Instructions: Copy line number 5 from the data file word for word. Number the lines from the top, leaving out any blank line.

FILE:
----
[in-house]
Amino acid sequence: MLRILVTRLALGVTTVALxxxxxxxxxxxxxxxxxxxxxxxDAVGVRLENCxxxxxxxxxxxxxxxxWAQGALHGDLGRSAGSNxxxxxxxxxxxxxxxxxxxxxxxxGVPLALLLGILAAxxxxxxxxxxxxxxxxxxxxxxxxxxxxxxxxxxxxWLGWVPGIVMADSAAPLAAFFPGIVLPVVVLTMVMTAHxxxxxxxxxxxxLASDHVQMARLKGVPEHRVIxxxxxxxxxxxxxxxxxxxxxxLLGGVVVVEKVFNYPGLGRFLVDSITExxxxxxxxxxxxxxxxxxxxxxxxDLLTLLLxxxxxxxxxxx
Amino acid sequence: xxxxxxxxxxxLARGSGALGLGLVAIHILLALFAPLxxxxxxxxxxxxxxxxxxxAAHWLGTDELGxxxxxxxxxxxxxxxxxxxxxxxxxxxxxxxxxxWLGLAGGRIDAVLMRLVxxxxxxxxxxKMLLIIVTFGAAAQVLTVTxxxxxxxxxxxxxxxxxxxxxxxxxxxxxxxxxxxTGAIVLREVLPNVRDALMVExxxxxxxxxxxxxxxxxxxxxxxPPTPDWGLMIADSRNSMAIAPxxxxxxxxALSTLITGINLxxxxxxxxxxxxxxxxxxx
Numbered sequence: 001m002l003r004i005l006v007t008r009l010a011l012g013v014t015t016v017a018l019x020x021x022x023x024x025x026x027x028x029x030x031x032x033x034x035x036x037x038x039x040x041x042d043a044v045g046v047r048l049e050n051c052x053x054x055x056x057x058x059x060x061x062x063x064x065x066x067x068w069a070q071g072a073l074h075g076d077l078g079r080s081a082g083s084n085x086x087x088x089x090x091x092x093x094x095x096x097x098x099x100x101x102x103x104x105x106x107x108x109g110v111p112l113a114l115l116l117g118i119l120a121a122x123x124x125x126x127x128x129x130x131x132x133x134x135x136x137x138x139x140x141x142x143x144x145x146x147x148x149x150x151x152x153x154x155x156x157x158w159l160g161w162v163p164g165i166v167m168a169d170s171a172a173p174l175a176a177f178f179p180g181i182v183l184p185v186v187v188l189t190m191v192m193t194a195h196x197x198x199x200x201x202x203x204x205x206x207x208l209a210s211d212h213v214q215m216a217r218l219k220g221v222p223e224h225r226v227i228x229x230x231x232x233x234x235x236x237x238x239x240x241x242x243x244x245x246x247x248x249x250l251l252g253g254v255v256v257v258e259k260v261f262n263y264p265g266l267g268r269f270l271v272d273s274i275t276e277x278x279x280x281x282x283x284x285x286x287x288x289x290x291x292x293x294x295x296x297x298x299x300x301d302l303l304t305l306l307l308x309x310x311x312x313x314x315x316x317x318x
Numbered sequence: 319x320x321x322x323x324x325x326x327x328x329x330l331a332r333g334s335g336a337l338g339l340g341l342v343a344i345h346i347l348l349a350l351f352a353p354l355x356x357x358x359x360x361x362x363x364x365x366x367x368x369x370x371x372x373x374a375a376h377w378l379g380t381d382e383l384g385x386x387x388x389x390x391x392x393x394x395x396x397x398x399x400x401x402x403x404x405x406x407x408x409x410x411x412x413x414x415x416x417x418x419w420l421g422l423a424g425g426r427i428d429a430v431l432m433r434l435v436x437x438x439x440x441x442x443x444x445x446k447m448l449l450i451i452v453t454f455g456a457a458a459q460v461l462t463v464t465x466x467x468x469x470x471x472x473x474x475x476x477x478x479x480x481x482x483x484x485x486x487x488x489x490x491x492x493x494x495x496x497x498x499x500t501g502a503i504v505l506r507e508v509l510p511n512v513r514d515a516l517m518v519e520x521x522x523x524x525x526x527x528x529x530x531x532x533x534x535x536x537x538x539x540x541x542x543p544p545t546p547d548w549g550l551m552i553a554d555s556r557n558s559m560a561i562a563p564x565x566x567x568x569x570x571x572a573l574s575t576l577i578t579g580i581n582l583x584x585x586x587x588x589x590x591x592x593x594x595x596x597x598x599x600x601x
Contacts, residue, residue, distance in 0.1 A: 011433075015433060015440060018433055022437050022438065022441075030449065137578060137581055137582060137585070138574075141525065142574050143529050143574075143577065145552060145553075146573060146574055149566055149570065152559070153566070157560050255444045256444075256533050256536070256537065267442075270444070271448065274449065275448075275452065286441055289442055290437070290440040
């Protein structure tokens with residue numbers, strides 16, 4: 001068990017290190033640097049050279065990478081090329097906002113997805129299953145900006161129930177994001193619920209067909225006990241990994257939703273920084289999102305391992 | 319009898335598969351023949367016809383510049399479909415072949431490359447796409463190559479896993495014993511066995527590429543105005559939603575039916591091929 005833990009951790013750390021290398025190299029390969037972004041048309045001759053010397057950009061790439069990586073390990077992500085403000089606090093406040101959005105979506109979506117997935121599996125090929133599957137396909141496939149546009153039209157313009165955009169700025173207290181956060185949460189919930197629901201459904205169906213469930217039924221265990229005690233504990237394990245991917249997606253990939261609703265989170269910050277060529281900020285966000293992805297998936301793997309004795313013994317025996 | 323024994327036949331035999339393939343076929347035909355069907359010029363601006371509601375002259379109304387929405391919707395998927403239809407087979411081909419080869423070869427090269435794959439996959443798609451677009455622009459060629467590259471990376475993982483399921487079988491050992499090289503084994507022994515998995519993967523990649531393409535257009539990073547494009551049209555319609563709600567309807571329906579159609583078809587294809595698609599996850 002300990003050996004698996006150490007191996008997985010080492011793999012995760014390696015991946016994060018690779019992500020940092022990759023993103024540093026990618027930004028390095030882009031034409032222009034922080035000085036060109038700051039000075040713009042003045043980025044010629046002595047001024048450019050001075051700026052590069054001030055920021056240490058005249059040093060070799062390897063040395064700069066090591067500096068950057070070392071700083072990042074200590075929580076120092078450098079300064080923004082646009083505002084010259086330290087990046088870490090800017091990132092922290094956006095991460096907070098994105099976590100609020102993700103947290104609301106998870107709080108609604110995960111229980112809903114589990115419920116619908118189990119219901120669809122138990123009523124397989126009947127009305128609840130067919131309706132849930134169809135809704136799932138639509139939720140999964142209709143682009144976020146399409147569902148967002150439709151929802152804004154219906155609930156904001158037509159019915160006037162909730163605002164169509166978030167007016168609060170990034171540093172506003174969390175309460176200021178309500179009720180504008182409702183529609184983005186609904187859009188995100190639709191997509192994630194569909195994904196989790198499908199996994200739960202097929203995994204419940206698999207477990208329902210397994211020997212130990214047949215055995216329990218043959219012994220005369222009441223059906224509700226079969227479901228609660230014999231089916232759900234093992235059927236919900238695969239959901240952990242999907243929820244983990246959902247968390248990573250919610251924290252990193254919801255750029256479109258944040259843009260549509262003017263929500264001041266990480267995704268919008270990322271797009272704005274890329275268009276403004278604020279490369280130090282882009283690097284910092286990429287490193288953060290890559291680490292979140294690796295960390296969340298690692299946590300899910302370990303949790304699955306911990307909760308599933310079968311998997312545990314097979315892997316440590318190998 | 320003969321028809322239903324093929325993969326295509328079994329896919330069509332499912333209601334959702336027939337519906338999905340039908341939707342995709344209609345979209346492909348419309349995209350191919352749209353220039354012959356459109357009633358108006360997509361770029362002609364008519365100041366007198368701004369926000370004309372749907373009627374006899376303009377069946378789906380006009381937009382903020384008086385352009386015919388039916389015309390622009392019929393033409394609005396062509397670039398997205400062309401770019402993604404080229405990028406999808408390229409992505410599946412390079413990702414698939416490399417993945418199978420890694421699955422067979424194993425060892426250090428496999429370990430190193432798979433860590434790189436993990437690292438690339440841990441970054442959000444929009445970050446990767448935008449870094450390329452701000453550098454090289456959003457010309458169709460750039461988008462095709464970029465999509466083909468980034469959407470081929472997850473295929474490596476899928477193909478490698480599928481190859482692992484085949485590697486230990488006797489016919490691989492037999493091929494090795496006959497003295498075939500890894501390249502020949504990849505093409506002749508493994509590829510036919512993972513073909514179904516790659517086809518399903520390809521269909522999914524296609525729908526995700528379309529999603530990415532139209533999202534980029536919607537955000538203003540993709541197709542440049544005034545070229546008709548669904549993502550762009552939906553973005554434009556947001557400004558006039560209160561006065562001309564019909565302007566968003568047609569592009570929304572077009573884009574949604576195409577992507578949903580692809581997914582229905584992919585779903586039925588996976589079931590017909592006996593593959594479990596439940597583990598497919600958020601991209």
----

Numbered sequence: 319x320x321x322x323x324x325x326x327x328x329x330l331a332r333g334s335g336a337l338g339l340g341l342v343a344i345h346i347l348l349a350l351f352a353p354l355x356x357x358x359x360x361x362x363x364x365x366x367x368x369x370x371x372x373x374a375a376h377w378l379g380t381d382e383l384g385x386x387x388x389x390x391x392x393x394x395x396x397x398x399x400x401x402x403x404x405x406x407x408x409x410x411x412x413x414x415x416x417x418x419w420l421g422l423a424g425g426r427i428d429a430v431l432m433r434l435v436x437x438x439x440x441x442x443x444x445x446k447m448l449l450i451i452v453t454f455g456a457a458a459q460v461l462t463v464t465x466x467x468x469x470x471x472x473x474x475x476x477x478x479x480x481x482x483x484x485x486x487x488x489x490x491x492x493x494x495x496x497x498x499x500t501g502a503i504v505l506r507e508v509l510p511n512v513r514d515a516l517m518v519e520x521x522x523x524x525x526x527x528x529x530x531x532x533x534x535x536x537x538x539x540x541x542x543p544p545t546p547d548w549g550l551m552i553a554d555s556r557n558s559m560a561i562a563p564x565x566x567x568x569x570x571x572a573l574s575t576l577i578t579g580i581n582l583x584x585x586x587x588x589x590x591x592x593x594x595x596x597x598x599x600x601x